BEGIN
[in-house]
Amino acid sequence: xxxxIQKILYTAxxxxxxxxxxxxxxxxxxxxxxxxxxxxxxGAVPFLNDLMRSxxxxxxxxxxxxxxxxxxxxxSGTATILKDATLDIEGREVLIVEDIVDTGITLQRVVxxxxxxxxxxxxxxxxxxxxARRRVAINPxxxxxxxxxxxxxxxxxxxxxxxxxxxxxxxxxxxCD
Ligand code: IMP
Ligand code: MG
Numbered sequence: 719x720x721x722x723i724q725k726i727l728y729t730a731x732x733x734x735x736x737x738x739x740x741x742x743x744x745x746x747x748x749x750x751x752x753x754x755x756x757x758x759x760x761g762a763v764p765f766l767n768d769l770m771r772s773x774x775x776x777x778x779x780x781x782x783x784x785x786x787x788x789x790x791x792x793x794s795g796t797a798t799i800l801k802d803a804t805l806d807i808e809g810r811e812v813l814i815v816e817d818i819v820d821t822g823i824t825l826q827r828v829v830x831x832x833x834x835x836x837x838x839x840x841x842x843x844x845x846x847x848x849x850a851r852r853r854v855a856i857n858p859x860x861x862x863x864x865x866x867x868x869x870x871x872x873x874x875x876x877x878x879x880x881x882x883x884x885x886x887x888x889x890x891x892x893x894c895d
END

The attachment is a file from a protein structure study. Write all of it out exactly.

[in-house]
Amino acid sequence: xxxxIQKILYTAxxxxxxxxxxxxxxxxxxxxxxxxxxxxxxGAVPFLNDLMRSxxxxxxxxxxxxxxxxxxxxxSGTATILKDATLDIEGREVLIVEDIVDTGITLQRVVxxxxxxxxxxxxxxxxxxxxARRRVAINPxxxxxxxxxxxxxxxxxxxxxxxxxxxxxxxxxxxCD
Ligand code: IMP
Ligand code: MG
Numbered sequence: 719x720x721x722x723i724q725k726i727l728y729t730a731x732x733x734x735x736x737x738x739x740x741x742x743x744x745x746x747x748x749x750x751x752x753x754x755x756x757x758x759x760x761g762a763v764p765f766l767n768d769l770m771r772s773x774x775x776x777x778x779x780x781x782x783x784x785x786x787x788x789x790x791x792x793x794s795g796t797a798t799i800l801k802d803a804t805l806d807i808e809g810r811e812v813l814i815v816e817d818i819v820d821t822g823i824t825l826q827r828v829v830x831x832x833x834x835x836x837x838x839x840x841x842x843x844x845x846x847x848x849x850a851r852r853r854v855a856i857n858p859x860x861x862x863x864x865x866x867x868x869x870x871x872x873x874x875x876x877x878x879x880x881x882x883x884x885x886x887x888x889x890x891x892x893x894c895d